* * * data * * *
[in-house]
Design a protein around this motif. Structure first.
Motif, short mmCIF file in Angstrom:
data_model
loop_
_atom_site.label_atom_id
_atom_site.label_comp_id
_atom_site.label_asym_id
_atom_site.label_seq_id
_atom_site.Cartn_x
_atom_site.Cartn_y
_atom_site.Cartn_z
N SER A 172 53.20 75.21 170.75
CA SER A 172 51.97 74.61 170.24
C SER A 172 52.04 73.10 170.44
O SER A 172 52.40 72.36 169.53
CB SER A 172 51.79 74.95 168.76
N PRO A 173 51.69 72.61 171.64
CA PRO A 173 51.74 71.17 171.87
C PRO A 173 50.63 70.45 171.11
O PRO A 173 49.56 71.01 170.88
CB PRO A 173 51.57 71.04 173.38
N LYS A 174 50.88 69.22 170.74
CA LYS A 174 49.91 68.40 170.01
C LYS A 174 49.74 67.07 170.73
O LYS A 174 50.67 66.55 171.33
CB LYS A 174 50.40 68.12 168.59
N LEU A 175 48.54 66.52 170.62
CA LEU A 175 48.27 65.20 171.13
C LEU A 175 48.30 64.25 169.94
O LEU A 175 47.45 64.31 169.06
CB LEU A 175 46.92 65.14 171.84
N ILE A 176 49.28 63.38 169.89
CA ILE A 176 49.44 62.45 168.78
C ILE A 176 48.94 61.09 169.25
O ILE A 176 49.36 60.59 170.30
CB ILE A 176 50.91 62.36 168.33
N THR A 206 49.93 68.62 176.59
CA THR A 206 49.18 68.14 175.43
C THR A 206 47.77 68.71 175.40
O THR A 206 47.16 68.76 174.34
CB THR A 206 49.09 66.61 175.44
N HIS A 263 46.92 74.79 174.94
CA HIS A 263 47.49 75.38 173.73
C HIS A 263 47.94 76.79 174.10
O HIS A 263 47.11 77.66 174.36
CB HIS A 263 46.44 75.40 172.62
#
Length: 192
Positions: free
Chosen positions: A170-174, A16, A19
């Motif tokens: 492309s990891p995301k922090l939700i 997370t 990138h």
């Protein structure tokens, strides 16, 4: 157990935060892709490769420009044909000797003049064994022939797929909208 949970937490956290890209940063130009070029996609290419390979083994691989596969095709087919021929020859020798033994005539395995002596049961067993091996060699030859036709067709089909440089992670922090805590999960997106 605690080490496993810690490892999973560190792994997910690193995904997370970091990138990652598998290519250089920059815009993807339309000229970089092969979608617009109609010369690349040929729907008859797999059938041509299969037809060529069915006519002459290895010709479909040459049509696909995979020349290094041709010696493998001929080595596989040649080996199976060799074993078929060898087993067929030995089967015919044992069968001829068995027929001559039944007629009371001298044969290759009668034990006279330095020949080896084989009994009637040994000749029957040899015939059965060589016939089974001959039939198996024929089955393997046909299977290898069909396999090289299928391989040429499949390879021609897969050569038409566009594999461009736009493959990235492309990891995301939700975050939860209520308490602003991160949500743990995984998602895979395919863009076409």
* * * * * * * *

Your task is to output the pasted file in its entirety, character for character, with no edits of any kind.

[in-house]
Design a protein around this motif. Structure first.
Motif, short mmCIF file in Angstrom:
data_model
loop_
_atom_site.label_atom_id
_atom_site.label_comp_id
_atom_site.label_asym_id
_atom_site.label_seq_id
_atom_site.Cartn_x
_atom_site.Cartn_y
_atom_site.Cartn_z
N SER A 172 53.20 75.21 170.75
CA SER A 172 51.97 74.61 170.24
C SER A 172 52.04 73.10 170.44
O SER A 172 52.40 72.36 169.53
CB SER A 172 51.79 74.95 168.76
N PRO A 173 51.69 72.61 171.64
CA PRO A 173 51.74 71.17 171.87
C PRO A 173 50.63 70.45 171.11
O PRO A 173 49.56 71.01 170.88
CB PRO A 173 51.57 71.04 173.38
N LYS A 174 50.88 69.22 170.74
CA LYS A 174 49.91 68.40 170.01
C LYS A 174 49.74 67.07 170.73
O LYS A 174 50.67 66.55 171.33
CB LYS A 174 50.40 68.12 168.59
N LEU A 175 48.54 66.52 170.62
CA LEU A 175 48.27 65.20 171.13
C LEU A 175 48.30 64.25 169.94
O LEU A 175 47.45 64.31 169.06
CB LEU A 175 46.92 65.14 171.84
N ILE A 176 49.28 63.38 169.89
CA ILE A 176 49.44 62.45 168.78
C ILE A 176 48.94 61.09 169.25
O ILE A 176 49.36 60.59 170.30
CB ILE A 176 50.91 62.36 168.33
N THR A 206 49.93 68.62 176.59
CA THR A 206 49.18 68.14 175.43
C THR A 206 47.77 68.71 175.40
O THR A 206 47.16 68.76 174.34
CB THR A 206 49.09 66.61 175.44
N HIS A 263 46.92 74.79 174.94
CA HIS A 263 47.49 75.38 173.73
C HIS A 263 47.94 76.79 174.10
O HIS A 263 47.11 77.66 174.36
CB HIS A 263 46.44 75.40 172.62
#
Length: 192
Positions: free
Chosen positions: A170-174, A16, A19
């Motif tokens: 492309s990891p995301k922090l939700i 997370t 990138h």
């Protein structure tokens, strides 16, 4: 157990935060892709490769420009044909000797003049064994022939797929909208 949970937490956290890209940063130009070029996609290419390979083994691989596969095709087919021929020859020798033994005539395995002596049961067993091996060699030859036709067709089909440089992670922090805590999960997106 605690080490496993810690490892999973560190792994997910690193995904997370970091990138990652598998290519250089920059815009993807339309000229970089092969979608617009109609010369690349040929729907008859797999059938041509299969037809060529069915006519002459290895010709479909040459049509696909995979020349290094041709010696493998001929080595596989040649080996199976060799074993078929060898087993067929030995089967015919044992069968001829068995027929001559039944007629009371001298044969290759009668034990006279330095020949080896084989009994009637040994000749029957040899015939059965060589016939089974001959039939198996024929089955393997046909299977290898069909396999090289299928391989040429499949390879021609897969050569038409566009594999461009736009493959990235492309990891995301939700975050939860209520308490602003991160949500743990995984998602895979395919863009076409």